Conveniently waiting until two weeks after the Biden inauguration, we now learn from the officially nonpartisan Congressional Budget Office (CBO) that the economy “will return to its pre-pandemic size by the middle of this year, even if Congress does not approve any more federal aid for the recovery.”
Donald Trump’s economy rolls on even without Trump. Even though nobody in the media establishment will acknowledge the former president’s role and only NewsMax TV dares mention his name, the strength of the economy he built is worth remembering and celebrating even as Biden’s policies try to tear it down.
The CBO credited much the improved outlook to growth spurred by the $900 billion relief package Trump and Congress passed in December. The agency predicts a fall in unemployment to only 5.3% by year’s end.
Note: The Trump plan would have taken effect months earlier were it not for Pelosi’s refusal to pass it while Trump was still in power.
But the CBO projection begs the question: Do we really now need a $1.9 trillion stimulus jolt that the Democrats are pushing? The ten Republicans who offered a compromise $600 billion alternative package don’t think so. But the key differences between their proposal and the Administration’s bill highlight the real reason for Biden’s push for stimulus money: To create a slush fund to help Democratic governors in New York, California, Michigan, Wisconsin, Pennsylvania, and New Jersey get re-elected in 2022 without cutting spending or raising taxes.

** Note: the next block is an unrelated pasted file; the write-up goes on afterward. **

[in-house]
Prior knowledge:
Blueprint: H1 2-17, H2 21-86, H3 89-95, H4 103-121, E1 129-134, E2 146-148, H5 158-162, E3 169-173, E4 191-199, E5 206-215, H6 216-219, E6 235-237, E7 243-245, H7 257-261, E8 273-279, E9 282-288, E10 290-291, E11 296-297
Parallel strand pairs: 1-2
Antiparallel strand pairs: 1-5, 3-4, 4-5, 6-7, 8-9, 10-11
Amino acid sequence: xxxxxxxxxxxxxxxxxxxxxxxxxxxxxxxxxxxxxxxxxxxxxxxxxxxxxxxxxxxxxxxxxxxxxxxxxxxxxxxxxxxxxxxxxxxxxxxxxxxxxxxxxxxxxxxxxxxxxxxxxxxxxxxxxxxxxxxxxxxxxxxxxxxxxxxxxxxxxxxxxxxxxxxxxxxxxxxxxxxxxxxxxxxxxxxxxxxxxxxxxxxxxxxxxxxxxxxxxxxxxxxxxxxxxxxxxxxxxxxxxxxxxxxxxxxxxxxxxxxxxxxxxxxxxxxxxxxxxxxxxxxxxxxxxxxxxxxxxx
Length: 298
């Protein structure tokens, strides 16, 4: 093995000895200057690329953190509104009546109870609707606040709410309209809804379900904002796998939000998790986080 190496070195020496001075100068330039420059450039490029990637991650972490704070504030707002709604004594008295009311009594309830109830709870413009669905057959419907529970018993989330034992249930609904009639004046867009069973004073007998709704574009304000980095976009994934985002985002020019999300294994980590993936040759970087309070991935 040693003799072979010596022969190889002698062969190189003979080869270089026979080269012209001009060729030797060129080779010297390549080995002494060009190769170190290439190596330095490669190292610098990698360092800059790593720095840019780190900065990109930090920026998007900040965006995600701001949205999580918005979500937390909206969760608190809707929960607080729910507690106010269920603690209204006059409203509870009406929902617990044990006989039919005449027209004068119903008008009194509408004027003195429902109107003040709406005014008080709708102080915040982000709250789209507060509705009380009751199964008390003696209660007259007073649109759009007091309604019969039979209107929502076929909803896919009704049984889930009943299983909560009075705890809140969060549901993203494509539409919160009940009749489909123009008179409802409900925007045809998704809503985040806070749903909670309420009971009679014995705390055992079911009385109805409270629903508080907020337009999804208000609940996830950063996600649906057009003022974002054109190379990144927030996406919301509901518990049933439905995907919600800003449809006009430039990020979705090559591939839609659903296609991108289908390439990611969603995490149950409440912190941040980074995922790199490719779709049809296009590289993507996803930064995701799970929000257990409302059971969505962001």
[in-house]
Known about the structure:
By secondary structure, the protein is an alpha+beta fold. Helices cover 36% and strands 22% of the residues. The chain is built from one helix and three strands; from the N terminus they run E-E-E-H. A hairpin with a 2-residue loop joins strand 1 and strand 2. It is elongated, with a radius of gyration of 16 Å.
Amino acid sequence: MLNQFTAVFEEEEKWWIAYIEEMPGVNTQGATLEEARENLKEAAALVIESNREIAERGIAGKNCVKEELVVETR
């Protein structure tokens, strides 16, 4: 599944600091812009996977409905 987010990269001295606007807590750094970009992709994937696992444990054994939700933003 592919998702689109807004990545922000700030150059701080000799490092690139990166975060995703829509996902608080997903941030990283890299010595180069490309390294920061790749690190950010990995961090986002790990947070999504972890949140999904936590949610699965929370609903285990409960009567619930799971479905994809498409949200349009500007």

The difference between the GOP alternative and Biden’s proposal makes clear what the Democrats are really after. Other than tinkering around the edges of Biden’s proposals by cutting payments for people making more than $40,000 and raising jobless benefits by $100 less than Biden wants, the real differences are the Biden wants to include a minimum wage hike over four years to $15 and massive rises in aid to states that the Republicans don’t include.
Those payouts are the real purpose behind the Biden stimulus plan.
The Democrats are determined to pass their proposal by any means necessary. It probably could pass easily with a simple majority in the Senate except for the minimum wage hike and the state aid payouts. The famous Byrd Rule (named after former Democratic Senator and Klu Klux Klaner Robert Byrd) permits passage of tax and budget legislation without a filibuster closure vote that requires 60 senators. But the minimum wage hike and, perhaps also the state aid package, cannot pass under the Byrd Rule limbo bar. So the Dems have signaled that they are prepared to ignore the Byrd Rule, even if the Senate Parliamentarian rules that they must abide by it.
The lesson: Don’t get between the Democrats and a minimum wage hike and a slush fund for the states.
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